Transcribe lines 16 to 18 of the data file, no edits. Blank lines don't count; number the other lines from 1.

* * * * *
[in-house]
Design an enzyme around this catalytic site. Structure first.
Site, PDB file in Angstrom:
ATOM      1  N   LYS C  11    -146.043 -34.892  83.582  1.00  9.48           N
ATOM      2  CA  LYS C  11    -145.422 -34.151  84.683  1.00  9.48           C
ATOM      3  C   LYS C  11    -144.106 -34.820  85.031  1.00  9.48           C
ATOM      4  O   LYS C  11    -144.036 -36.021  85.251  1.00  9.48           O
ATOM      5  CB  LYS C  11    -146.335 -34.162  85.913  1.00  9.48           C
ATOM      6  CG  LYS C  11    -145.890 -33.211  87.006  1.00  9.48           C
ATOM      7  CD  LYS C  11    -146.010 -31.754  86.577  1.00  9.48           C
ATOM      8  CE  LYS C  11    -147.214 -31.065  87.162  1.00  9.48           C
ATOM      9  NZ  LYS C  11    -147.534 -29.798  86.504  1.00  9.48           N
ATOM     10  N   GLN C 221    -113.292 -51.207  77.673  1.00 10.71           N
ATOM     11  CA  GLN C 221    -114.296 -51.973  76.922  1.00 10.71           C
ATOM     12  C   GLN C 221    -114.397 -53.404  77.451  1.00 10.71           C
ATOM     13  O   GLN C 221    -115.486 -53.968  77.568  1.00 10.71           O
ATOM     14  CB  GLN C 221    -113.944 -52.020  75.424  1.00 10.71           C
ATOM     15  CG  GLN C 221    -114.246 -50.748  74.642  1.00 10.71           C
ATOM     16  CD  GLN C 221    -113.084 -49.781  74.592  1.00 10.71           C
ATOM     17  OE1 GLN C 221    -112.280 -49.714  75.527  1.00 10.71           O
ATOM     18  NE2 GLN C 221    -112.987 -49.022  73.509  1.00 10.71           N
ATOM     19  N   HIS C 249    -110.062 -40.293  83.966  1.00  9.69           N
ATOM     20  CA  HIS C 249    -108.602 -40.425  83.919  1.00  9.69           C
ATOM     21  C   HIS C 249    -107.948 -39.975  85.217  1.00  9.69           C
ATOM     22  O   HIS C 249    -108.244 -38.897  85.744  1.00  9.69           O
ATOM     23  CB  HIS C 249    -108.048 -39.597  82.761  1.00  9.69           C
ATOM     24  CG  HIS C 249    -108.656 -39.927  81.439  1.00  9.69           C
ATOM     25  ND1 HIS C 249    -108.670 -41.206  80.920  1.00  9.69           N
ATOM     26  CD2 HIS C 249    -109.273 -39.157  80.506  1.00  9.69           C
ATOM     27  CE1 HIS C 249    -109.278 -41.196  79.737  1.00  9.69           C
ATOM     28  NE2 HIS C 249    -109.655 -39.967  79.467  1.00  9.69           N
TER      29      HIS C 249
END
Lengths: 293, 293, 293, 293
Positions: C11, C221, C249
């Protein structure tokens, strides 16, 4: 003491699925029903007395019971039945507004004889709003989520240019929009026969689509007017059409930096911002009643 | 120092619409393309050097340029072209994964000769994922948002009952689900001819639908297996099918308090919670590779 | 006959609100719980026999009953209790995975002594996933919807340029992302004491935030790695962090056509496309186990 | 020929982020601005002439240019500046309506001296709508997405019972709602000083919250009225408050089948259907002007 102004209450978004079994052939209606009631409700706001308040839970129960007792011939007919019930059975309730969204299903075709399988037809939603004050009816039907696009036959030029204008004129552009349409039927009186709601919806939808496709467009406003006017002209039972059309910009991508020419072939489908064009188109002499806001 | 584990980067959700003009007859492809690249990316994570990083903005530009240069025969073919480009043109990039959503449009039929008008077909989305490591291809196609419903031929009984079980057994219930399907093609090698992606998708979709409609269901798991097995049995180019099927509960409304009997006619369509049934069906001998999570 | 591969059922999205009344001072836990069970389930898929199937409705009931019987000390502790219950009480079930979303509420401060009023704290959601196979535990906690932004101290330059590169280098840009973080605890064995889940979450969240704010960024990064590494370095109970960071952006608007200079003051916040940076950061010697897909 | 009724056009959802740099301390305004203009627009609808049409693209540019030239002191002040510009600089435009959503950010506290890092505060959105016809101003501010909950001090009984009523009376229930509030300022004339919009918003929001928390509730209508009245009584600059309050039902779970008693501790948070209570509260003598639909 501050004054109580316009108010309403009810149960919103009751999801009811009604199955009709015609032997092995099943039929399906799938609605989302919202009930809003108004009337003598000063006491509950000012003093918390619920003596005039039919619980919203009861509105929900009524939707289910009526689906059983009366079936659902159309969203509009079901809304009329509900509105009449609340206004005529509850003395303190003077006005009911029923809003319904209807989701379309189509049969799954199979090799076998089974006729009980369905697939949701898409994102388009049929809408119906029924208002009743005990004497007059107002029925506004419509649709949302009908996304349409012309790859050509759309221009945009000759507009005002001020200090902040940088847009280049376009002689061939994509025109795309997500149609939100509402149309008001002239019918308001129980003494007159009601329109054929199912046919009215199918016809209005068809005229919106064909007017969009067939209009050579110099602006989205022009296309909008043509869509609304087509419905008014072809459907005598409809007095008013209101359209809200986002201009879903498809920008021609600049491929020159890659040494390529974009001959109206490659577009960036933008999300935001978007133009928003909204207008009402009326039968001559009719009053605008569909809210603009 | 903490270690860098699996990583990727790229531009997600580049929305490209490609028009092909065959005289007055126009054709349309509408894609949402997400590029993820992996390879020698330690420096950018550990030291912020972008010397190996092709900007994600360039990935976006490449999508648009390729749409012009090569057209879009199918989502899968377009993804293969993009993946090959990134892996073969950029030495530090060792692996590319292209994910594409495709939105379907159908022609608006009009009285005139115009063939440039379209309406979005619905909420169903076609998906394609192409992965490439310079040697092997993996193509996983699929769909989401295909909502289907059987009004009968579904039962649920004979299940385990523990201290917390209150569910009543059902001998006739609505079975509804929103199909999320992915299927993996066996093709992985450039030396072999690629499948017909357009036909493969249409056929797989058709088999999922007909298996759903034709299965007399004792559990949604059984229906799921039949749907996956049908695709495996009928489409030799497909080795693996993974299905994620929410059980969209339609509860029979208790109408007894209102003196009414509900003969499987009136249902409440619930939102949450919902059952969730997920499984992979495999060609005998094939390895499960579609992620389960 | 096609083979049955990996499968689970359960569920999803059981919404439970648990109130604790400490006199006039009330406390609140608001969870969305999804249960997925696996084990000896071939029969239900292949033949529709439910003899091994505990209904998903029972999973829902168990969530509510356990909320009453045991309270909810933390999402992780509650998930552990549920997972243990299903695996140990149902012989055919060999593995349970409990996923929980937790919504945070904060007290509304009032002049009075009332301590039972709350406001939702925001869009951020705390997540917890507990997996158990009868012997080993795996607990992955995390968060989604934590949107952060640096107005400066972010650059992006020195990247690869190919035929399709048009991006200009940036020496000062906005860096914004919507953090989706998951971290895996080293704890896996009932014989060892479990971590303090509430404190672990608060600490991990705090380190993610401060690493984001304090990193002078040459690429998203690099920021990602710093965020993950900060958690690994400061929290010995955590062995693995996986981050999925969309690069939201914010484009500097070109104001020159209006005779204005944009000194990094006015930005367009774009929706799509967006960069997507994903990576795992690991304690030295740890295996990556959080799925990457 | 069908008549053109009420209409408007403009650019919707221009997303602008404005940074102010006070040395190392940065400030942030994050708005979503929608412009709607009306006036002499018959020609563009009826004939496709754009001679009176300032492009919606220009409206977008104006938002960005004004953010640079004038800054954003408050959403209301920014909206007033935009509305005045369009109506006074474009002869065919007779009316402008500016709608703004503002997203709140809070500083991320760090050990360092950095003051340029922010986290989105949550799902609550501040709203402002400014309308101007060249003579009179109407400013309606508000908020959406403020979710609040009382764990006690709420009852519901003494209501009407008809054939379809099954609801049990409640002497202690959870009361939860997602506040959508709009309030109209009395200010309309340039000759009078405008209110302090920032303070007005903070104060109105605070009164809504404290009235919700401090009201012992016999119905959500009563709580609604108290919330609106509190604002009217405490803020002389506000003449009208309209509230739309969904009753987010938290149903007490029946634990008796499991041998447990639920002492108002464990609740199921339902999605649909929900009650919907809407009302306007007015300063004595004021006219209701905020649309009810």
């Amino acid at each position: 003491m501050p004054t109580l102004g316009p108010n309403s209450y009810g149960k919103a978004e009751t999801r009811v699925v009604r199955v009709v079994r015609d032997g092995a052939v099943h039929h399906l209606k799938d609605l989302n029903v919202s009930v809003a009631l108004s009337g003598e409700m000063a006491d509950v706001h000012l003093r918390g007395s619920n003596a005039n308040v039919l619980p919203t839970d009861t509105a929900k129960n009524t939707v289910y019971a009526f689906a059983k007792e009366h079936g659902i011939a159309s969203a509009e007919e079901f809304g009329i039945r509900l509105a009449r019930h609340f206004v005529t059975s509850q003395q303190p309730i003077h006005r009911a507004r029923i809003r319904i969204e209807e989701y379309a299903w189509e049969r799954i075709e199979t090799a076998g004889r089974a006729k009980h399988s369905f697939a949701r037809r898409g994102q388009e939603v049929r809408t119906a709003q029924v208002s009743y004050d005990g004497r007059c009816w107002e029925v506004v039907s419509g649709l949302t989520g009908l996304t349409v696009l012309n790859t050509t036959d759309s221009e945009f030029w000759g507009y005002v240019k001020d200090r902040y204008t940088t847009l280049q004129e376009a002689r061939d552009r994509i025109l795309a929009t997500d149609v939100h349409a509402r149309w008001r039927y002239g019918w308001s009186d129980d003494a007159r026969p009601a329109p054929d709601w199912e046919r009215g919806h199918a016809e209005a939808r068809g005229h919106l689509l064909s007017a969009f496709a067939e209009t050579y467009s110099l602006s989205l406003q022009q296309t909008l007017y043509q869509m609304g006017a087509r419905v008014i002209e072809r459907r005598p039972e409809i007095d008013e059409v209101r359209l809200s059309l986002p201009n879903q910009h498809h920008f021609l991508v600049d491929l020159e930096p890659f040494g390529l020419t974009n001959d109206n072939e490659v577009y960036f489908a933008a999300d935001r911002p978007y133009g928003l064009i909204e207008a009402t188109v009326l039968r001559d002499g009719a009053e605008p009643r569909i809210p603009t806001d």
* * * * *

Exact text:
ATOM     13  O   GLN C 221    -115.486 -53.968  77.568  1.00 10.71           O
ATOM     14  CB  GLN C 221    -113.944 -52.020  75.424  1.00 10.71           C
ATOM     15  CG  GLN C 221    -114.246 -50.748  74.642  1.00 10.71           C